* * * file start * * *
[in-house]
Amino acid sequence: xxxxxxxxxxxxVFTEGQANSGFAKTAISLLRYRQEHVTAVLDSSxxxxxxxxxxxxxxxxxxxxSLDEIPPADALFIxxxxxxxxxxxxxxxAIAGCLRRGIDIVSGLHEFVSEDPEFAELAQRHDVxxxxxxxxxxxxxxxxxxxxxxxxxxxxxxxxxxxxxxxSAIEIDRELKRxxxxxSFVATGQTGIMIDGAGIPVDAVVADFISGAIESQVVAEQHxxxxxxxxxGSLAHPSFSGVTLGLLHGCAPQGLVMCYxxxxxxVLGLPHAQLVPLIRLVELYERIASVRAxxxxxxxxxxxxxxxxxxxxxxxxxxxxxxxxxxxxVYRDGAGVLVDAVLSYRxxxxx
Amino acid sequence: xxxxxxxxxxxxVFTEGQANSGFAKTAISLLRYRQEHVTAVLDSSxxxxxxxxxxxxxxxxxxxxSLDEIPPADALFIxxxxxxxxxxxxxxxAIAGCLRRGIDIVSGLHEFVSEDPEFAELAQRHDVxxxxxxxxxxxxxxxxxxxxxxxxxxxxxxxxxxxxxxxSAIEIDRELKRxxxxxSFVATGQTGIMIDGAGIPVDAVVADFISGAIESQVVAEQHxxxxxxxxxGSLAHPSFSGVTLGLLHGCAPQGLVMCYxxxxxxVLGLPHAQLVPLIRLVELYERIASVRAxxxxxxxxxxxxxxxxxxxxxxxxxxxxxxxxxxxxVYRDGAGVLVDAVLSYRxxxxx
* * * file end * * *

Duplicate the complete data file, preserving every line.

[in-house]
Amino acid sequence: xxxxxxxxxxxxVFTEGQANSGFAKTAISLLRYRQEHVTAVLDSSxxxxxxxxxxxxxxxxxxxxSLDEIPPADALFIxxxxxxxxxxxxxxxAIAGCLRRGIDIVSGLHEFVSEDPEFAELAQRHDVxxxxxxxxxxxxxxxxxxxxxxxxxxxxxxxxxxxxxxxSAIEIDRELKRxxxxxSFVATGQTGIMIDGAGIPVDAVVADFISGAIESQVVAEQHxxxxxxxxxGSLAHPSFSGVTLGLLHGCAPQGLVMCYxxxxxxVLGLPHAQLVPLIRLVELYERIASVRAxxxxxxxxxxxxxxxxxxxxxxxxxxxxxxxxxxxxVYRDGAGVLVDAVLSYRxxxxx
Amino acid sequence: xxxxxxxxxxxxVFTEGQANSGFAKTAISLLRYRQEHVTAVLDSSxxxxxxxxxxxxxxxxxxxxSLDEIPPADALFIxxxxxxxxxxxxxxxAIAGCLRRGIDIVSGLHEFVSEDPEFAELAQRHDVxxxxxxxxxxxxxxxxxxxxxxxxxxxxxxxxxxxxxxxSAIEIDRELKRxxxxxSFVATGQTGIMIDGAGIPVDAVVADFISGAIESQVVAEQHxxxxxxxxxGSLAHPSFSGVTLGLLHGCAPQGLVMCYxxxxxxVLGLPHAQLVPLIRLVELYERIASVRAxxxxxxxxxxxxxxxxxxxxxxxxxxxxxxxxxxxxVYRDGAGVLVDAVLSYRxxxxx